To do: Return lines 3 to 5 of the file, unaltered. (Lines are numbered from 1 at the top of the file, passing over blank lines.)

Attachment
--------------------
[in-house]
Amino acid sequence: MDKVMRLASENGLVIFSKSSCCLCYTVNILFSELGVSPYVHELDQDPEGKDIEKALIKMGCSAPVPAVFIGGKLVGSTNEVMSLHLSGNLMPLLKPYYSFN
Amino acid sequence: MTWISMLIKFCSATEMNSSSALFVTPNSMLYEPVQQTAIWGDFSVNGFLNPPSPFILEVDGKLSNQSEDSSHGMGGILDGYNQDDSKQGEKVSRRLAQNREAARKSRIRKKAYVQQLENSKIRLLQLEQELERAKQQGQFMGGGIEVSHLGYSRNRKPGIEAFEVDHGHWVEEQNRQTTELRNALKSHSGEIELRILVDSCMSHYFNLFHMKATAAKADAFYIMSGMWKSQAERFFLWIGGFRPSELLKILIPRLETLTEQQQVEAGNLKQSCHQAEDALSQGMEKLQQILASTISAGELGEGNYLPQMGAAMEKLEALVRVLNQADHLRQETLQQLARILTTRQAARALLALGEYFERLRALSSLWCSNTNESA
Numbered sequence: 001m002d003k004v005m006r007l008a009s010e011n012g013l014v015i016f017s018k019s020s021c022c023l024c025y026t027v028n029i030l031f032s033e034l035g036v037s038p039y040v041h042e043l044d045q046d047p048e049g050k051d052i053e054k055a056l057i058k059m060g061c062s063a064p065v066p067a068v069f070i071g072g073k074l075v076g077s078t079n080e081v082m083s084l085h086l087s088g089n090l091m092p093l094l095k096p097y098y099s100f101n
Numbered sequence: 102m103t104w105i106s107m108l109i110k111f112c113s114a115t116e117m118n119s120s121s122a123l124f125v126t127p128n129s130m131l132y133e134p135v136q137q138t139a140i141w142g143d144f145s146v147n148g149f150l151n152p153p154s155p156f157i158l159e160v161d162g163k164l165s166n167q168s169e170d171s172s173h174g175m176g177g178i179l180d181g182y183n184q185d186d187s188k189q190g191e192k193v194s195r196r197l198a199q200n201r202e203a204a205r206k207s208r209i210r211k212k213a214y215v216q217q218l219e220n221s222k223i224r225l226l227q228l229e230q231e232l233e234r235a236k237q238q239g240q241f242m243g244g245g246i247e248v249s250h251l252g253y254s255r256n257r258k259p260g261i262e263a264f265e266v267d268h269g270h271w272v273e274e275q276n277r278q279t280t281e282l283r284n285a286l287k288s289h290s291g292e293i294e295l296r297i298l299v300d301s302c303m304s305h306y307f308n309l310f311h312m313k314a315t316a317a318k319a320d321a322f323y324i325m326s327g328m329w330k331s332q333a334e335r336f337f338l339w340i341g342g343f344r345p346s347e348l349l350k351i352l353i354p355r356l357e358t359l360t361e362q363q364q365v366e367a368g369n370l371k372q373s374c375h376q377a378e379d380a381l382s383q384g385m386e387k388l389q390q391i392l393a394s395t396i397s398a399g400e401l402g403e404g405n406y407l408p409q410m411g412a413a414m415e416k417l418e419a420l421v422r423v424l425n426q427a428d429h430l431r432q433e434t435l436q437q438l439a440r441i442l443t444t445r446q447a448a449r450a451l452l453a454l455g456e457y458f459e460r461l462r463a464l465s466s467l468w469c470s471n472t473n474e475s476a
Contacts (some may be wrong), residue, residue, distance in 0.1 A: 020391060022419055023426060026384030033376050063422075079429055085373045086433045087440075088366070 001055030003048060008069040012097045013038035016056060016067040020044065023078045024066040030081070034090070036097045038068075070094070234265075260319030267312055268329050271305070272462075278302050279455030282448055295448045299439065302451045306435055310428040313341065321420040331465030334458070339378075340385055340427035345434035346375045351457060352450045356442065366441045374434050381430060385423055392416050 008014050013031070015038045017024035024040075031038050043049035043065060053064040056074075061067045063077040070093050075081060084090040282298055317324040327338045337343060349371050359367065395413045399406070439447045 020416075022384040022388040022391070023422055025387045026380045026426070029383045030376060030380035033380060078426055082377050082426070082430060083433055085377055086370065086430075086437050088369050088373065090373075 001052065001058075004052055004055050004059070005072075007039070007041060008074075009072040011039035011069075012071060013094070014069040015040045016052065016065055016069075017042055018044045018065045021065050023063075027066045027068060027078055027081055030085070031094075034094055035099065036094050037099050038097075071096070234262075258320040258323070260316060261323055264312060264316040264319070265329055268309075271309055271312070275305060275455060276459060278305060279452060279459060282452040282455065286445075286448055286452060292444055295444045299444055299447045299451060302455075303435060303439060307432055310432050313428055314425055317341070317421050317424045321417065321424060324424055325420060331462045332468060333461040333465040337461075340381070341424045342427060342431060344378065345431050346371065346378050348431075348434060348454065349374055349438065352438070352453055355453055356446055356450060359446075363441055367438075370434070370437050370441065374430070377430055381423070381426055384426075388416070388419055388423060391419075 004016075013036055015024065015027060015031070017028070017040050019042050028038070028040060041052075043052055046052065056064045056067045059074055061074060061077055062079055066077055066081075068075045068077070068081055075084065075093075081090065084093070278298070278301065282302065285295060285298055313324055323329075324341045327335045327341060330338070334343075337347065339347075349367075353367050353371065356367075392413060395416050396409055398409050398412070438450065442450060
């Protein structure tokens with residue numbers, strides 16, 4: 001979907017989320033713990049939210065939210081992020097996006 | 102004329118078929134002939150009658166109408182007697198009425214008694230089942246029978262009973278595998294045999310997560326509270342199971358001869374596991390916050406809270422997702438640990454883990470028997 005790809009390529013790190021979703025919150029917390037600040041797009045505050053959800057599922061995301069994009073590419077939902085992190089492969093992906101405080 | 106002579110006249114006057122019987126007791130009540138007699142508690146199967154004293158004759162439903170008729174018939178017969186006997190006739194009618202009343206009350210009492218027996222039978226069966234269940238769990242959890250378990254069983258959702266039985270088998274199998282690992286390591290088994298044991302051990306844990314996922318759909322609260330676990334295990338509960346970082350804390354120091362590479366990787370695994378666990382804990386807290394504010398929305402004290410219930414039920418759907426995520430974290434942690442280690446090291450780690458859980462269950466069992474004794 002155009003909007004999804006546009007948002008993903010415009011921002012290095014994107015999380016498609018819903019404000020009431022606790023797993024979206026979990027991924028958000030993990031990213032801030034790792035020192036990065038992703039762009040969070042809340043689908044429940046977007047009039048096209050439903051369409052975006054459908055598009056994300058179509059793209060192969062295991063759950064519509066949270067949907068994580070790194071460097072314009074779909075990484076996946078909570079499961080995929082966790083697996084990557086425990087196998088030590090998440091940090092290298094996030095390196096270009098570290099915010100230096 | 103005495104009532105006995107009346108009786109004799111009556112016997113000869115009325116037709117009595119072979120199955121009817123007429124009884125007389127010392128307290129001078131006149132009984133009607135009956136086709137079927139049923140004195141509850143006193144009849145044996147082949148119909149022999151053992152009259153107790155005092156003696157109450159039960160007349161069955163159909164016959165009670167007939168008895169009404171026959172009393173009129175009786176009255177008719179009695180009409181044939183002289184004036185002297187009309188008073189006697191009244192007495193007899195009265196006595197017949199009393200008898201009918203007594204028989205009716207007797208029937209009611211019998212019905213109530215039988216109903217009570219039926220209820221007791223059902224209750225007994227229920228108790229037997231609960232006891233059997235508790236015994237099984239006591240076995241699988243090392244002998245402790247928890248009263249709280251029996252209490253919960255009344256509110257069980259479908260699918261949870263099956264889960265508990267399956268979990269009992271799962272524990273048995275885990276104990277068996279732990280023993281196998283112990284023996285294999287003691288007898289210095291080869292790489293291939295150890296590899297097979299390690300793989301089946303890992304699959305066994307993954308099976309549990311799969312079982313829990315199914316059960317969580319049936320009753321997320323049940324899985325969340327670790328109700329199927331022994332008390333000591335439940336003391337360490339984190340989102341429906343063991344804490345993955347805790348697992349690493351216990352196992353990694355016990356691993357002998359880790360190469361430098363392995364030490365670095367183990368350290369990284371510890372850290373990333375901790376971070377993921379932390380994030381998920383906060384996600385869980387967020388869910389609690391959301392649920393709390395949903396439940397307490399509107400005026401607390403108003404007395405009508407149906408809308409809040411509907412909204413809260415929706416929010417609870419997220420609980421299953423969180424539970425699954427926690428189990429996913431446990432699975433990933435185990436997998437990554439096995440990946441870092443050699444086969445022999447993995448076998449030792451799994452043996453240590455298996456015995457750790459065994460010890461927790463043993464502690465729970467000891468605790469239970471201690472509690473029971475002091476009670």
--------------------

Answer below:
Amino acid sequence: MTWISMLIKFCSATEMNSSSALFVTPNSMLYEPVQQTAIWGDFSVNGFLNPPSPFILEVDGKLSNQSEDSSHGMGGILDGYNQDDSKQGEKVSRRLAQNREAARKSRIRKKAYVQQLENSKIRLLQLEQELERAKQQGQFMGGGIEVSHLGYSRNRKPGIEAFEVDHGHWVEEQNRQTTELRNALKSHSGEIELRILVDSCMSHYFNLFHMKATAAKADAFYIMSGMWKSQAERFFLWIGGFRPSELLKILIPRLETLTEQQQVEAGNLKQSCHQAEDALSQGMEKLQQILASTISAGELGEGNYLPQMGAAMEKLEALVRVLNQADHLRQETLQQLARILTTRQAARALLALGEYFERLRALSSLWCSNTNESA
Numbered sequence: 001m002d003k004v005m006r007l008a009s010e011n012g013l014v015i016f017s018k019s020s021c022c023l024c025y026t027v028n029i030l031f032s033e034l035g036v037s038p039y040v041h042e043l044d045q046d047p048e049g050k051d052i053e054k055a056l057i058k059m060g061c062s063a064p065v066p067a068v069f070i071g072g073k074l075v076g077s078t079n080e081v082m083s084l085h086l087s088g089n090l091m092p093l094l095k096p097y098y099s100f101n
Numbered sequence: 102m103t104w105i106s107m108l109i110k111f112c113s114a115t116e117m118n119s120s121s122a123l124f125v126t127p128n129s130m131l132y133e134p135v136q137q138t139a140i141w142g143d144f145s146v147n148g149f150l151n152p153p154s155p156f157i158l159e160v161d162g163k164l165s166n167q168s169e170d171s172s173h174g175m176g177g178i179l180d181g182y183n184q185d186d187s188k189q190g191e192k193v194s195r196r197l198a199q200n201r202e203a204a205r206k207s208r209i210r211k212k213a214y215v216q217q218l219e220n221s222k223i224r225l226l227q228l229e230q231e232l233e234r235a236k237q238q239g240q241f242m243g244g245g246i247e248v249s250h251l252g253y254s255r256n257r258k259p260g261i262e263a264f265e266v267d268h269g270h271w272v273e274e275q276n277r278q279t280t281e282l283r284n285a286l287k288s289h290s291g292e293i294e295l296r297i298l299v300d301s302c303m304s305h306y307f308n309l310f311h312m313k314a315t316a317a318k319a320d321a322f323y324i325m326s327g328m329w330k331s332q333a334e335r336f337f338l339w340i341g342g343f344r345p346s347e348l349l350k351i352l353i354p355r356l357e358t359l360t361e362q363q364q365v366e367a368g369n370l371k372q373s374c375h376q377a378e379d380a381l382s383q384g385m386e387k388l389q390q391i392l393a394s395t396i397s398a399g400e401l402g403e404g405n406y407l408p409q410m411g412a413a414m415e416k417l418e419a420l421v422r423v424l425n426q427a428d429h430l431r432q433e434t435l436q437q438l439a440r441i442l443t444t445r446q447a448a449r450a451l452l453a454l455g456e457y458f459e460r461l462r463a464l465s466s467l468w469c470s471n472t473n474e475s476a